The Washington-based Institute for Higher Education Policy and Excelencia in Education have released a new report that examines the characteristics of students who are less likely to borrow for post-secondary education.
According to the report, Student Aversion to Borrowing: Who Borrows and Who Doesn’t, students who are adverse to borrowing to finance their education include older, financially independent students who have delayed their enrollment, part-time students, and members of certain ethnic or immigrant groups.
While it might appear advantageous for these students not to borrow and accumulate student loan debt, there is a downside too. In some cases, aversion to borrowing may limit students’ post-secondary enrollment choices and/or negatively impact their chances of successfully completing a program.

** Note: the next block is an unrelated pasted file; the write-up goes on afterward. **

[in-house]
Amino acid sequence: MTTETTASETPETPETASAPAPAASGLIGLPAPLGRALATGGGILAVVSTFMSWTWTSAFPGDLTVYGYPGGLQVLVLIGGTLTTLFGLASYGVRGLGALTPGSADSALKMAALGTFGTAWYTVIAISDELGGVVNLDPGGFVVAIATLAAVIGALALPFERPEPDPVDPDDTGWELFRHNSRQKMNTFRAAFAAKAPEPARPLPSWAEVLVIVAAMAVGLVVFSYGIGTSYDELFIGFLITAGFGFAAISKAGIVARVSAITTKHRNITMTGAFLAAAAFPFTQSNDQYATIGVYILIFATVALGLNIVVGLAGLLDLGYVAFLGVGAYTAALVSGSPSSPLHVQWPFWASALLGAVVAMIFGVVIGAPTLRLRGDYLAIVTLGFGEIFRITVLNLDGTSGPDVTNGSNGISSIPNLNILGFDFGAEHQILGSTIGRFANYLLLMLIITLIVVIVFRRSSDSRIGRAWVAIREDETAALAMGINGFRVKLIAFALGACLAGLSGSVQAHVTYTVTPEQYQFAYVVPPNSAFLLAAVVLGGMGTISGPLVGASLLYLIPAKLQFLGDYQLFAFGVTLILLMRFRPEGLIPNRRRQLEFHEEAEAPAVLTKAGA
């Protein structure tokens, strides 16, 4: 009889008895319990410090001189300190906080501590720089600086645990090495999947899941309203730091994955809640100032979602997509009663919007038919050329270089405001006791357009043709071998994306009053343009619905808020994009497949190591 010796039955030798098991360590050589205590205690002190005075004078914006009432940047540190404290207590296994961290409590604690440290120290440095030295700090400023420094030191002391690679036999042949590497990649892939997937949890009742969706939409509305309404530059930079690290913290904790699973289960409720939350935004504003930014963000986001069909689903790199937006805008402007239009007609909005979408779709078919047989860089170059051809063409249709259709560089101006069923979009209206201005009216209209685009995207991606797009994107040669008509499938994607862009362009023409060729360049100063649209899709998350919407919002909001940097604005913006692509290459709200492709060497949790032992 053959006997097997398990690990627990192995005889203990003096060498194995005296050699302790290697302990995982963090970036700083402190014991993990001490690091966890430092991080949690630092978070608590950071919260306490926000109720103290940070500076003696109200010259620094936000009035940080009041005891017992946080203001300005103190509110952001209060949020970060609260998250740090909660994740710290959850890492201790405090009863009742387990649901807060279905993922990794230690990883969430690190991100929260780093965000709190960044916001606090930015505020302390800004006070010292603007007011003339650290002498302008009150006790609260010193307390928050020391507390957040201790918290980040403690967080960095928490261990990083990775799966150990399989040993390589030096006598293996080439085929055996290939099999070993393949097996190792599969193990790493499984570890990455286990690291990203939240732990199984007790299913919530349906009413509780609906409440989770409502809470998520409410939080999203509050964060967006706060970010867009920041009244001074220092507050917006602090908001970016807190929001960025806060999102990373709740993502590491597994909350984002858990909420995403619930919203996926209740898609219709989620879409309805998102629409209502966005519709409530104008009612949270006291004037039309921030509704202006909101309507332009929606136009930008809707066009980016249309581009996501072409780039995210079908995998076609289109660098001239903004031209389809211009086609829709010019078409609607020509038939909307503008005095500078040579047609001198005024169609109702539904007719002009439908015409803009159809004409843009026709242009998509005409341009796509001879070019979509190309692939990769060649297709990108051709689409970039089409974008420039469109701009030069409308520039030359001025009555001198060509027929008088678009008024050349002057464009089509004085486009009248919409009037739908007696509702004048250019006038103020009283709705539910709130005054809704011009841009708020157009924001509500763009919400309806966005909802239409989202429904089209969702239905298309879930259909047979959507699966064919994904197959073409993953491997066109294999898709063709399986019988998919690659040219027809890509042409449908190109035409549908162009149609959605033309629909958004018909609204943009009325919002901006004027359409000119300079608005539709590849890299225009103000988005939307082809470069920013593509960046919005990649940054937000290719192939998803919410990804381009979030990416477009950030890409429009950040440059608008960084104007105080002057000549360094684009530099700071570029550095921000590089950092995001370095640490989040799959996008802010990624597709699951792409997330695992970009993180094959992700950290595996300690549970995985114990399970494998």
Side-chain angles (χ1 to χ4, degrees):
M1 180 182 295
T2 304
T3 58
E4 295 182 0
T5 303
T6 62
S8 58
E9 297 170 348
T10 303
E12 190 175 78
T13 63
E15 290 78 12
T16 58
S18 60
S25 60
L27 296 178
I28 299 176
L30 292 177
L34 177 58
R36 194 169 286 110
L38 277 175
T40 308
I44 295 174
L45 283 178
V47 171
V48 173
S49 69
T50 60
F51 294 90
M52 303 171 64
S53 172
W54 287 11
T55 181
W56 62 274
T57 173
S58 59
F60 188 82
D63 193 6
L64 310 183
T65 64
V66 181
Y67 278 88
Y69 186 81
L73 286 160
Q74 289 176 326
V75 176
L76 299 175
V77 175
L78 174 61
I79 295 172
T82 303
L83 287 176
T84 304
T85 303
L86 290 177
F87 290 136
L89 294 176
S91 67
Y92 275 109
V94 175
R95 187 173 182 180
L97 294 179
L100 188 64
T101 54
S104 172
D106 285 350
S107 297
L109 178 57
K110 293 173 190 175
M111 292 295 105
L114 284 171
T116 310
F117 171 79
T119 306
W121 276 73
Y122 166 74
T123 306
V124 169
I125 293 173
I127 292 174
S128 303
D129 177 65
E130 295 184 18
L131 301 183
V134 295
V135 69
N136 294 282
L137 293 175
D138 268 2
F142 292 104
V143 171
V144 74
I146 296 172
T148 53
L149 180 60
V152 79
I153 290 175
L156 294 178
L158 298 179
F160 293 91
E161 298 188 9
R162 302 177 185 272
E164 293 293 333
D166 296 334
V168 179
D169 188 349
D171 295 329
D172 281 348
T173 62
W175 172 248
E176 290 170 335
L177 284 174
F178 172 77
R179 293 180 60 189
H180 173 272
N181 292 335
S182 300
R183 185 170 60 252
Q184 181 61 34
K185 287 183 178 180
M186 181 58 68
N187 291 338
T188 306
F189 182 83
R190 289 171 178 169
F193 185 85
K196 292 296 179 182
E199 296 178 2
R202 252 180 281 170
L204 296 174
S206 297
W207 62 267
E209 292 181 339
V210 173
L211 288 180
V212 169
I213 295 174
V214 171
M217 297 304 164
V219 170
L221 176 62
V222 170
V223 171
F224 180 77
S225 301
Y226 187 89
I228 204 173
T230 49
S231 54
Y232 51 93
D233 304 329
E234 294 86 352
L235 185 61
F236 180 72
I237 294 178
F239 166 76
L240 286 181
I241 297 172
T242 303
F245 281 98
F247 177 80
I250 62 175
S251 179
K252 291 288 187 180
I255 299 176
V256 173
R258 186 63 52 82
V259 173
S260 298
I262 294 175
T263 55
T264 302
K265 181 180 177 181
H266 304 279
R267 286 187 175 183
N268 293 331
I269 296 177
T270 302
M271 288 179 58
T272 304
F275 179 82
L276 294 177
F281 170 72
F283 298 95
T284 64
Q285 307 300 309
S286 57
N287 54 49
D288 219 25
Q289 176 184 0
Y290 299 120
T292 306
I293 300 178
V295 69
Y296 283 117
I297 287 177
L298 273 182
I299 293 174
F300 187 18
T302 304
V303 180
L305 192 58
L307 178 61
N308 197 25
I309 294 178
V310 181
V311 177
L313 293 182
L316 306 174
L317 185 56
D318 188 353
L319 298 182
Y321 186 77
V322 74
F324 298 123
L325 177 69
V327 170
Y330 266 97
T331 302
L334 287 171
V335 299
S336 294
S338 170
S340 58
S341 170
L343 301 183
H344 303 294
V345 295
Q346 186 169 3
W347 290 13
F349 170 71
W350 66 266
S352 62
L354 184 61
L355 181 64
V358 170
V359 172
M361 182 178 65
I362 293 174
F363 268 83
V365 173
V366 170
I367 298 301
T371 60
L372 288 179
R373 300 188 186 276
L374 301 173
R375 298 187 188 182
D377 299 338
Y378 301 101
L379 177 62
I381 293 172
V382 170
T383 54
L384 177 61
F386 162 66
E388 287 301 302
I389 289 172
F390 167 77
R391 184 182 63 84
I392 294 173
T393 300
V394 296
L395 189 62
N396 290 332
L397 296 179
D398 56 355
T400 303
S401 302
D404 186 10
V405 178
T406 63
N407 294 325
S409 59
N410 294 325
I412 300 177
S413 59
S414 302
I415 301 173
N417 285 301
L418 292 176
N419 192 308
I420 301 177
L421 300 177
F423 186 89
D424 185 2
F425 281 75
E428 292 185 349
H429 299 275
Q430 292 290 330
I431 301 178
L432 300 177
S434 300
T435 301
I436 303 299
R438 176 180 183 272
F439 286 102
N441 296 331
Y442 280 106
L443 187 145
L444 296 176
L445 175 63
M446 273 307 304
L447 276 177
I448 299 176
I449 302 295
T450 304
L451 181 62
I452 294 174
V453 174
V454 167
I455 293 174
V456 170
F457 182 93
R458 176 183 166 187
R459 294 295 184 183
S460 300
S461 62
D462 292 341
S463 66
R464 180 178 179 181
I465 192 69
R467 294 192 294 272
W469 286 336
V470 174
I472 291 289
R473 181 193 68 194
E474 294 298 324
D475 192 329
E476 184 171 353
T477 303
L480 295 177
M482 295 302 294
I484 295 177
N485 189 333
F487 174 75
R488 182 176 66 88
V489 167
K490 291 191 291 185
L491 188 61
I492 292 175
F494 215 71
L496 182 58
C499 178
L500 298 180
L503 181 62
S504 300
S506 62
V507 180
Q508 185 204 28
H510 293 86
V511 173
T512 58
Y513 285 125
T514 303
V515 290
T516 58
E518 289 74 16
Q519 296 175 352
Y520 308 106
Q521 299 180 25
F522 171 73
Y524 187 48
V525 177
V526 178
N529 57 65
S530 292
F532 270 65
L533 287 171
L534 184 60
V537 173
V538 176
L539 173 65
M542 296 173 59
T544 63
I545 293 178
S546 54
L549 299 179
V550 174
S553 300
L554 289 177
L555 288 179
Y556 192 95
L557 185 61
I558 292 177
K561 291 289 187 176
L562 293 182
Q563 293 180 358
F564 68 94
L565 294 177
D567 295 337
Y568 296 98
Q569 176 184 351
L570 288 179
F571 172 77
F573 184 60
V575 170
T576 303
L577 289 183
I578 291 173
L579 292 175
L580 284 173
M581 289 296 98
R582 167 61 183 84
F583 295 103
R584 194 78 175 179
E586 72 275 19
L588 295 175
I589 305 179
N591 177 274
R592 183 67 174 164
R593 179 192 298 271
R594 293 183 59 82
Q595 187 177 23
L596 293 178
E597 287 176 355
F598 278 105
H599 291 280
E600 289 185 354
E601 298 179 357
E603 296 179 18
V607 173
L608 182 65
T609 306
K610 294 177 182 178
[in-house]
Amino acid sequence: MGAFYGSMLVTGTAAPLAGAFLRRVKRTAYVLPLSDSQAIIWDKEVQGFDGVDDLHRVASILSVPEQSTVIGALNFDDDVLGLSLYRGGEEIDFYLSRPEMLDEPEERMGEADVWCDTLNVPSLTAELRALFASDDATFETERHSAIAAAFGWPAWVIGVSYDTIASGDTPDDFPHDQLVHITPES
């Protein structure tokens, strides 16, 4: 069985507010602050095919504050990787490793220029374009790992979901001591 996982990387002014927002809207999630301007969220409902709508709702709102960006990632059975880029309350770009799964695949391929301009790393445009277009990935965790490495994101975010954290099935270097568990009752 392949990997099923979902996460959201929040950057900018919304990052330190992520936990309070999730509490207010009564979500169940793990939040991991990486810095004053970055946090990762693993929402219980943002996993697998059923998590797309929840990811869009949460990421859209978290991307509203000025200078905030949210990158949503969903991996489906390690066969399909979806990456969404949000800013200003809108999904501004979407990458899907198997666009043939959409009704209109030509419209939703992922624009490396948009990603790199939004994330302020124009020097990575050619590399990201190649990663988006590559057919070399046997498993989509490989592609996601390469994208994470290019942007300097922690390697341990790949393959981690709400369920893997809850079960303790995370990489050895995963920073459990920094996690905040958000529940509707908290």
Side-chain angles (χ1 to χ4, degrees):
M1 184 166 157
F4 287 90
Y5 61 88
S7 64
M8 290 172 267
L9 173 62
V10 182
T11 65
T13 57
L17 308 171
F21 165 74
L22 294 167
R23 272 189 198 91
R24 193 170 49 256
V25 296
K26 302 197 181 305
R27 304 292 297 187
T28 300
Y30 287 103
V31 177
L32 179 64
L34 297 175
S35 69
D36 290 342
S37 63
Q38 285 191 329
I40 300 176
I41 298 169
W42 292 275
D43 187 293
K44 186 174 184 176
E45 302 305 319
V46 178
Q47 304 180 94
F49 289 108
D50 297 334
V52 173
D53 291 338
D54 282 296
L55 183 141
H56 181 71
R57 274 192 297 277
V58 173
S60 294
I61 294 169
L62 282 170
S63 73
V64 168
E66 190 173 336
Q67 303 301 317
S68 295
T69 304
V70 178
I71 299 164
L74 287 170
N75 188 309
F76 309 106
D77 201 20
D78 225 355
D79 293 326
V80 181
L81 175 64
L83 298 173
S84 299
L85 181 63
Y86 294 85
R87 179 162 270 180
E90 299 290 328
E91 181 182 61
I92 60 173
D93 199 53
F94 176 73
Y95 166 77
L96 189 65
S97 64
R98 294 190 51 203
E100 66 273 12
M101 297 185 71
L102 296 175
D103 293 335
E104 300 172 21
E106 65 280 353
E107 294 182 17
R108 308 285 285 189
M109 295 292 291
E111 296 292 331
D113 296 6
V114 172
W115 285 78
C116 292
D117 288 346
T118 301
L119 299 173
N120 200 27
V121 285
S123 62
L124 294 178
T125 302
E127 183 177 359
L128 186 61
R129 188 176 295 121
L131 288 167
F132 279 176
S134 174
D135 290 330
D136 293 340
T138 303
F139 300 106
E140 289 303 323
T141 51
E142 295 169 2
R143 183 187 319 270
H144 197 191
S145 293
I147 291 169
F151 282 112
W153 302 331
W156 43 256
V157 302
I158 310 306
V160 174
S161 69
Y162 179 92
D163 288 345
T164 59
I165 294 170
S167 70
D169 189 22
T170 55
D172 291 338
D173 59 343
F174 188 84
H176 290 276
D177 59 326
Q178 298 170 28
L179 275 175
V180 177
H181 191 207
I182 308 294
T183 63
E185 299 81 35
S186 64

The top 3 suggested reasons why students may choose not to borrow for education, even if they have substantial unmet financial need, are as follows:
- Students may attend lower cost institutions or change their attendance pattern so that they face fewer expenses in a given semester and do not need to borrow.
- Students may use other financial resources to pay college expenses and not have to borrow.
- Students from certain racial/ethnic or immigrant groups may have a cultural or familial perspective on debt that encourages them not to borrow.
Looking for more?
Get the best of Maclean's sent straight to your inbox. Sign up for news, commentary and analysis.